Japanese and Nikkei at Home and Abroad1 Nobuko Adachi Today, three million people of Japanese descent are citizens of almost every nation in the world.
Rather than experiencing incarceration, close relatives may have experienced the atomic bombing of Hiroshima, the Battle of Okinawa, or other bombings in the Japanese archipelago. Tracy grew up in California with a mother from Japan. It would be nice to find something contemporary. So Tracy is not saying that incarceration history is unimportant.
Rather, she wonders if there is a more contemporary experience and identity that can bring Nikkei Americans together.
Third, by college he already had a nationality-based identity. So although he is a U. He is more focused on his two national parentages than on his racial or ethnic backgrounds.
His upbringing outside of the United States encouraged him to see himself in this way. Many mixed-race Nikkei Americans whom I interviewed feel excluded from identifying as Japanese American based on phenotype physical characteristics and other racial connotations.
But Asian is a racial category that implies phenotypical differences from whites and blacks, such as eye shape and skin, hair and eye color. Addressing Diversity Even though my interviewees may not be representative of the larger Nikkei population in the United States, their perspectives do illuminate some aspects of how people currently understand being Japanese American.
For one, they reveal how central the incarceration and prewar immigration experience in the United States is to current constructions of the Japanese American community.
There are numerous legitimate reasons for this. I think it is most useful when these pre-and postwar histories are recognized as distinct yet overlapping, rather than as somehow woven together.
Instead of this, subgroups within the Nikkei American population could be identified and each of their histories recognized separately, intersecting as people migrate from one place to another.
There is also rich material to explore by comparing how different groups of Nikkei Americans have experienced certain events or time periods.
When immigration history looks comparatively at Japanese migration to the United States in both the prewar and postwar periods, we gain new insights into how both nations, and Nikkei American experiences, have changed over the decades.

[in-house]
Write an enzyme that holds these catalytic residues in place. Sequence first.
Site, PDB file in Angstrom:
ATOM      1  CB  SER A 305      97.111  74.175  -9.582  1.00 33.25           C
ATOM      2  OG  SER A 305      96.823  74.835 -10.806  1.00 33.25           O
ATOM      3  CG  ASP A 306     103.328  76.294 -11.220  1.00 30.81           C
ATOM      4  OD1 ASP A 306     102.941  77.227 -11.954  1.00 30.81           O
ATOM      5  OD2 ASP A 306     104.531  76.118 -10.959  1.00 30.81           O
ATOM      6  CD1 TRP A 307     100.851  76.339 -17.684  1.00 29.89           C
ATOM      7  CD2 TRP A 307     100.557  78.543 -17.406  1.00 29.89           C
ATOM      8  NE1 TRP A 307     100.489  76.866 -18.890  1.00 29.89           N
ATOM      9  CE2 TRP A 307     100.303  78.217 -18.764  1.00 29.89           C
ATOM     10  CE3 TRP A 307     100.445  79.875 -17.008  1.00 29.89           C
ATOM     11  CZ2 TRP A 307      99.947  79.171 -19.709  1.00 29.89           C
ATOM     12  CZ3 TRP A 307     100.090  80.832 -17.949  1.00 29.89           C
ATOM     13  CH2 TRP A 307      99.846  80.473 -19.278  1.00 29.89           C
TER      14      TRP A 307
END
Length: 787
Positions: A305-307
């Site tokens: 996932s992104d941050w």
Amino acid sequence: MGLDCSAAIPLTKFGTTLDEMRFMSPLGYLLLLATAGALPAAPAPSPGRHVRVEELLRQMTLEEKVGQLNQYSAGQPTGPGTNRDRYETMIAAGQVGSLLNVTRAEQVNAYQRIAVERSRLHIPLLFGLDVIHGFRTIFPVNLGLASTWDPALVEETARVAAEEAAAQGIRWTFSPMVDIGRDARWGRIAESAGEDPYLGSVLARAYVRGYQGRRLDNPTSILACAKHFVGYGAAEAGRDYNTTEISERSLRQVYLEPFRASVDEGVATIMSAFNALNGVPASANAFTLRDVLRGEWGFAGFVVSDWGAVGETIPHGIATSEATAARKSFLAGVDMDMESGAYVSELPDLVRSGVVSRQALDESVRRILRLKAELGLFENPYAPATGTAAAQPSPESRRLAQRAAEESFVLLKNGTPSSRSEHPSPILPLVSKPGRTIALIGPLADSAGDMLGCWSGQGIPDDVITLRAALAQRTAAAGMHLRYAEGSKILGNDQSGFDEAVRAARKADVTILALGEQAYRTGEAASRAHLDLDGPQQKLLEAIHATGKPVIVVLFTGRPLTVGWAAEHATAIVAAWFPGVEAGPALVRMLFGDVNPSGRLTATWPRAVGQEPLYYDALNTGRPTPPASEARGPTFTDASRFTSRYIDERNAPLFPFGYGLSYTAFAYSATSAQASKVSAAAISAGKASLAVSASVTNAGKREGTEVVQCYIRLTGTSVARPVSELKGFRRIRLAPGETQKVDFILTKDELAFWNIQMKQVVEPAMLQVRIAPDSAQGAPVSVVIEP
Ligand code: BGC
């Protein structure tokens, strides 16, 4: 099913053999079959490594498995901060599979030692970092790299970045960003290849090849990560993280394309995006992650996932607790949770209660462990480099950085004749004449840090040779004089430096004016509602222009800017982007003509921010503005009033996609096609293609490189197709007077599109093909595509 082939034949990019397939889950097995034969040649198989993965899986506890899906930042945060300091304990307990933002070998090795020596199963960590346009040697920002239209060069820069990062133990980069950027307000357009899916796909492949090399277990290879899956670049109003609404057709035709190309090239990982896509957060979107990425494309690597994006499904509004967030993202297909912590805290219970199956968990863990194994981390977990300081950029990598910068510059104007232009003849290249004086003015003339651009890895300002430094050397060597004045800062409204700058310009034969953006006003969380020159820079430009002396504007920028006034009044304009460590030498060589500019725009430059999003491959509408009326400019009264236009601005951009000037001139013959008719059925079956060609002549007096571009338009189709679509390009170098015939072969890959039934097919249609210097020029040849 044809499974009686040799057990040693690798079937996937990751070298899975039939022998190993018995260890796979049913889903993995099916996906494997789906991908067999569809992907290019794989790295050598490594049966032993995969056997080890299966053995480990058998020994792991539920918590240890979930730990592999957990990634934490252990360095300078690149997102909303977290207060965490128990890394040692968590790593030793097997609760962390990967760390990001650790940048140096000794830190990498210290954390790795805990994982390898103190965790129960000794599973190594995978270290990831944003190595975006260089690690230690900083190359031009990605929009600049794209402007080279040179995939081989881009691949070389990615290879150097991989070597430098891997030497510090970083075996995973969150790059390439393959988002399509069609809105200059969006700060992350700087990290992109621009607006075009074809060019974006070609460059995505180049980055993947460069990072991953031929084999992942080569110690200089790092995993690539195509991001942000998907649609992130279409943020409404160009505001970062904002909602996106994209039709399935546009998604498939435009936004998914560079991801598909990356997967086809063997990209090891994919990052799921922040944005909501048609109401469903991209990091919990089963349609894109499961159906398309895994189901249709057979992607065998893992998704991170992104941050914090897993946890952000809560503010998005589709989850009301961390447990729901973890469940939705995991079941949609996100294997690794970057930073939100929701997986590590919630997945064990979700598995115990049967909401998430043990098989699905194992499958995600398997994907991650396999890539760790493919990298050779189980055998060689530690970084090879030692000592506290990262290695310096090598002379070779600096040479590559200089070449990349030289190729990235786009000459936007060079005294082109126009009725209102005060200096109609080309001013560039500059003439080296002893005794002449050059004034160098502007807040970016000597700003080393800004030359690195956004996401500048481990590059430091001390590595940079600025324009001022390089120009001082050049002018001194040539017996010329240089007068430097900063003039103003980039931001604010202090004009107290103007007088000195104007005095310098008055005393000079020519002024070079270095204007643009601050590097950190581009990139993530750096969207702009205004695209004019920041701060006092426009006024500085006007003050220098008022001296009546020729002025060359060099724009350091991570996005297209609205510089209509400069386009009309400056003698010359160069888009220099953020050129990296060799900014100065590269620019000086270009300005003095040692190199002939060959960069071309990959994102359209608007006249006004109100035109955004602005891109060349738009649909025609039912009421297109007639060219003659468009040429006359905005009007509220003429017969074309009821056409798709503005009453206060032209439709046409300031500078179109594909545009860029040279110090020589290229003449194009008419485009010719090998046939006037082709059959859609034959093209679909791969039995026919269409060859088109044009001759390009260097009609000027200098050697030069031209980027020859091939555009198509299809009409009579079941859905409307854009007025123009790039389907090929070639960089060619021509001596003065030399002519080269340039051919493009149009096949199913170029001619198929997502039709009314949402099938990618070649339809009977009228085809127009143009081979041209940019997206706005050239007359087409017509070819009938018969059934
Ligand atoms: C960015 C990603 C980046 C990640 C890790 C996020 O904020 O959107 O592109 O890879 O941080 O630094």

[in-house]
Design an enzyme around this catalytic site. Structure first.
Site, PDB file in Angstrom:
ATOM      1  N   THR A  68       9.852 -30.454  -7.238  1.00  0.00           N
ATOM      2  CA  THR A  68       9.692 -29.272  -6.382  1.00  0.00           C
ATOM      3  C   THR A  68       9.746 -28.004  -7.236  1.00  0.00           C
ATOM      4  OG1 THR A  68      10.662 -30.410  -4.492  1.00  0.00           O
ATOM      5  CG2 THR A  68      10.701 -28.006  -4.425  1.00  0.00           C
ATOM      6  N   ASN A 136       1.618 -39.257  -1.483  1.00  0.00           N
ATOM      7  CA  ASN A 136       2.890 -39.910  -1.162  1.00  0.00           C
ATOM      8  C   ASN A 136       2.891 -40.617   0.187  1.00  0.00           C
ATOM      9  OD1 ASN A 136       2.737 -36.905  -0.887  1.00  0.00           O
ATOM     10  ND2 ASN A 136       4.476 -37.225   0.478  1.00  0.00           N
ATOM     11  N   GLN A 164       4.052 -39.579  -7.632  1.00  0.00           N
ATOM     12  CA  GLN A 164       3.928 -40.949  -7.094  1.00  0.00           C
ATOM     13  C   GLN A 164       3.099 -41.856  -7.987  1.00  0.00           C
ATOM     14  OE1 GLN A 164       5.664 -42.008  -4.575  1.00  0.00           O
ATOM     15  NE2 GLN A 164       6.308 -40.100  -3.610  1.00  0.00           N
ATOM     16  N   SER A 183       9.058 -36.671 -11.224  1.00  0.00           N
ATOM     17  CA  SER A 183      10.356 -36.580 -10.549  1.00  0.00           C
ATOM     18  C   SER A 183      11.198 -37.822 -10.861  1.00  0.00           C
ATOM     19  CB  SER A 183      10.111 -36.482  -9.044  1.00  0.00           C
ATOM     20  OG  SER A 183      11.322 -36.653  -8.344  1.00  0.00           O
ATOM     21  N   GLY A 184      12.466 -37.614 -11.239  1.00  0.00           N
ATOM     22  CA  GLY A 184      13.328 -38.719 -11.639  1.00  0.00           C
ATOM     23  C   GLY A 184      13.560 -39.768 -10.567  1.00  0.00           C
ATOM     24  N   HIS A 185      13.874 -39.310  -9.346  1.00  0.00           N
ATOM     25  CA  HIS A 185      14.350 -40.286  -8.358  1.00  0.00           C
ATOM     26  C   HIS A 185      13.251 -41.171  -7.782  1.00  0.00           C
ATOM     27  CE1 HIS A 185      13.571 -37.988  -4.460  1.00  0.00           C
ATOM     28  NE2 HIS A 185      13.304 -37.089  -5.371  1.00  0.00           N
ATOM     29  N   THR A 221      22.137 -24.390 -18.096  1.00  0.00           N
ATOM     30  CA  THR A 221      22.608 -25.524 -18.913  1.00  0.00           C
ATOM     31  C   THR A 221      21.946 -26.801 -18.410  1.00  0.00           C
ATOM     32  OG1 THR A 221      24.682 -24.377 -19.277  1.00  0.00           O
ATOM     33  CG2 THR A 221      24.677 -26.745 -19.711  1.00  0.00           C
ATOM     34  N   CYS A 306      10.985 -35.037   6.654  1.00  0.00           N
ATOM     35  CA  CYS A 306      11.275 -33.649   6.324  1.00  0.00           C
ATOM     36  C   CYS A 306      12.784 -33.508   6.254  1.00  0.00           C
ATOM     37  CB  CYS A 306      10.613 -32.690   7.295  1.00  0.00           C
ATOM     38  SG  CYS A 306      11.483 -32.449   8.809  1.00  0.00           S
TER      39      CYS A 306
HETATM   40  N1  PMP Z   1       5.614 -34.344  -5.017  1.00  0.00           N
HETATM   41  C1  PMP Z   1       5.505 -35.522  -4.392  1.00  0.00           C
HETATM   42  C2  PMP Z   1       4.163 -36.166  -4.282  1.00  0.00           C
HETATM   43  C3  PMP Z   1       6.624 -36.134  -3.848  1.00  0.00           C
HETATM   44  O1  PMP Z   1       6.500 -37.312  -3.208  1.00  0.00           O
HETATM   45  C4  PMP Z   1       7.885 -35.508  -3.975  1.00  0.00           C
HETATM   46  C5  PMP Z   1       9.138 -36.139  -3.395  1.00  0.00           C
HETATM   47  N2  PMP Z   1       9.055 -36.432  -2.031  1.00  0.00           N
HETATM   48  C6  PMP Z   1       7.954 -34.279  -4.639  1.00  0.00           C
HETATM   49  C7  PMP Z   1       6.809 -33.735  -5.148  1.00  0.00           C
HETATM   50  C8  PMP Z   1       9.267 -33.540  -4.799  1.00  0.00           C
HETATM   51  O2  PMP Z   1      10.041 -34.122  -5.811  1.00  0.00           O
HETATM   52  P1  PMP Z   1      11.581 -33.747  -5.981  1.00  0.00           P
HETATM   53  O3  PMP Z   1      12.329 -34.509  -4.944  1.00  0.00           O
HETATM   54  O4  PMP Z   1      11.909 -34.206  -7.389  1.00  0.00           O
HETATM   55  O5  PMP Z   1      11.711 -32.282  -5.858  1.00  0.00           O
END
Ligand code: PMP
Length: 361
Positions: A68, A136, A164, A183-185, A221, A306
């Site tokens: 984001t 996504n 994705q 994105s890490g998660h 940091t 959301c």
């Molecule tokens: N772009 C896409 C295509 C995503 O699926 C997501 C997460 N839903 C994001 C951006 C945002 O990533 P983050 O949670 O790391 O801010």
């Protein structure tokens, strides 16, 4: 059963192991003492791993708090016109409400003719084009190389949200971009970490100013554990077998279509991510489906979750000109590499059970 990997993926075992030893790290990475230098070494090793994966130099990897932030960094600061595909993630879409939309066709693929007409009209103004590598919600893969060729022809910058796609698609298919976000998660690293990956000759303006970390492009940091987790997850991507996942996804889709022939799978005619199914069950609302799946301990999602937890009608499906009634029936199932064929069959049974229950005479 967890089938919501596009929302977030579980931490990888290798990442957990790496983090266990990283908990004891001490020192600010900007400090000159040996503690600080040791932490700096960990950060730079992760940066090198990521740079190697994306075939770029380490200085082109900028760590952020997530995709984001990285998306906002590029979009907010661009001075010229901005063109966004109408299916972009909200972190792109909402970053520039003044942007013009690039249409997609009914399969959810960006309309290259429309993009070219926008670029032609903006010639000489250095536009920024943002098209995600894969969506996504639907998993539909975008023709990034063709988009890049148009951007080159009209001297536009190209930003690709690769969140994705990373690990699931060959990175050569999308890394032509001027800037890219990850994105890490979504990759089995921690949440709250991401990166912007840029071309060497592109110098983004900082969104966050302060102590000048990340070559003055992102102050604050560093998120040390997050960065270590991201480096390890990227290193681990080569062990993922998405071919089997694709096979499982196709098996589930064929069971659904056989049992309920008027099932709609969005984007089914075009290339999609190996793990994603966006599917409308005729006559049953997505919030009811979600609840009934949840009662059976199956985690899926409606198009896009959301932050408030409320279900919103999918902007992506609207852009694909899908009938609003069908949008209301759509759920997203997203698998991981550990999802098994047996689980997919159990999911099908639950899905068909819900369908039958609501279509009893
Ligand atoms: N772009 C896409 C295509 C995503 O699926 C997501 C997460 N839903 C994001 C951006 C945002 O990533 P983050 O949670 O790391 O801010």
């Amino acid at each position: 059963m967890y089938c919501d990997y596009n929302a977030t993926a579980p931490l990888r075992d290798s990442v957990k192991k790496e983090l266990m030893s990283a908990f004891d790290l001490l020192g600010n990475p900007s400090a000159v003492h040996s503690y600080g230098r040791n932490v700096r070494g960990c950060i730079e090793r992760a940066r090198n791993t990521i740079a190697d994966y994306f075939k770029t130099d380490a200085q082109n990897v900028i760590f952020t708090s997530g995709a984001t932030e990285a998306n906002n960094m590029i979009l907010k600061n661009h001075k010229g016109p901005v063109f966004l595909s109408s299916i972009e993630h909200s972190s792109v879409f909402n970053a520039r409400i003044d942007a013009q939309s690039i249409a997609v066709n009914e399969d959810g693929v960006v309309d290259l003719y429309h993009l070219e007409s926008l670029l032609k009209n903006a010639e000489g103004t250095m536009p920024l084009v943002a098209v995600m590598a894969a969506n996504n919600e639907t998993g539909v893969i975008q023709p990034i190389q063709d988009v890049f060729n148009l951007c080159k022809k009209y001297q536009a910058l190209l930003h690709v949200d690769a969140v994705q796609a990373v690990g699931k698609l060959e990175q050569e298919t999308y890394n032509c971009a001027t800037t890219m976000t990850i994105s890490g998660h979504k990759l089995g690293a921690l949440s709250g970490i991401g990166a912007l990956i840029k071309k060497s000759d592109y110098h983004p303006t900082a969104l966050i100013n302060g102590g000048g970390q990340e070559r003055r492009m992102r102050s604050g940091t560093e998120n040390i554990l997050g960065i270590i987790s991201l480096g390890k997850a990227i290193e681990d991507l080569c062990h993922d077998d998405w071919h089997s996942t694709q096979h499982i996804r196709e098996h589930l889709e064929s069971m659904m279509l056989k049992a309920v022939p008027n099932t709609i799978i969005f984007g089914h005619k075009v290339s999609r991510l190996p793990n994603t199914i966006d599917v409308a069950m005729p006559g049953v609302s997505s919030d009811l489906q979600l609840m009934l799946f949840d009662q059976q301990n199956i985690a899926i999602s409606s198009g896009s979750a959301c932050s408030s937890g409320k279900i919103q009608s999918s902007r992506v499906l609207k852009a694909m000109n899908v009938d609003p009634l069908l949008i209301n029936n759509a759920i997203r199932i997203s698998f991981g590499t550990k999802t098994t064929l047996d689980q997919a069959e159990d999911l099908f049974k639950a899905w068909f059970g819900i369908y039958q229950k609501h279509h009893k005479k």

How different is a Japanese American identity centered around speaking Japanese and visiting Japan regularly and one centered in Japantowns, basketball leagues, and U. Over the past 15 years, we can see many community organizations becoming more inclusive.
The marginalized Nikkei experiences mentioned in this essay are just a few examples. An ongoing task for us all is to continue to identify and address the needs of underrepresented groups in the community. As we continually reconstruct what it means to be Japanese American or Nikkei, who does this include?
As being of mixed-race, Japanese and Caucasian, becomes increasingly mainstream, how do we include other mixed-race Nikkei? What other people of Japanese ancestry in the United States might not identify with mainstream narratives of Japanese American history and identity and what can we do about this?
As our community continues to evolve proactively asking these questions can help us find new answers to what it means to be Japanese American.
WinterVol 26, No.Recommended citation: Nobuko Adachi, "Ethnic Identity, Culture, and Race: Japanese and Nikkei at Home and Abroad," The Asia-Pacific Journal, , September 13, References Abraham, Traci and Dan Serradilla-Avery.
The Japón Lineage in Spain: Voices from the Unsung Past in the Creation of Identity though Tourism Today. Chapter 8; Race and Ethnicity.
Unit Explain three myths of race. Explain how ethnicity differs from race. - Population Transfer - the dominant group expels the minority group the U.S.
government relocated Native Americans to reservations and during World War II transferred Americans of Japanese descent to internment camps.
These are. Through analysis of local newspapers, Japanese American authored camp newspapers, documentaries, personal and supervision of the Japanese American population.
race-based internment, and Mr. justice rutledge.” Journal of Supreme Court History, (), Students use questionnaires, role playing and simulation to explore the effects of Japanese internment on the Japanese-American population in the s.
Students also explore the aftermath of the internment, constutional rights and. Population redistributions based on ethnicity have defused intense rivalries in the recent past, and could be a solution to the internal ethnic crises for nations such as the former Yugoslavia.
Currently described by the media as "ethnic cleansing", Population redistributions have been the focus of much controversy throughout U.S. and world history. Japanese Internment - Japanese Internment The Japanese Internment took place between the years of and At the time most of the Japanese population was concentrated in the United States on the West Coast of Canada.
The Japanese first immigrated to U.S. to work on the railroad in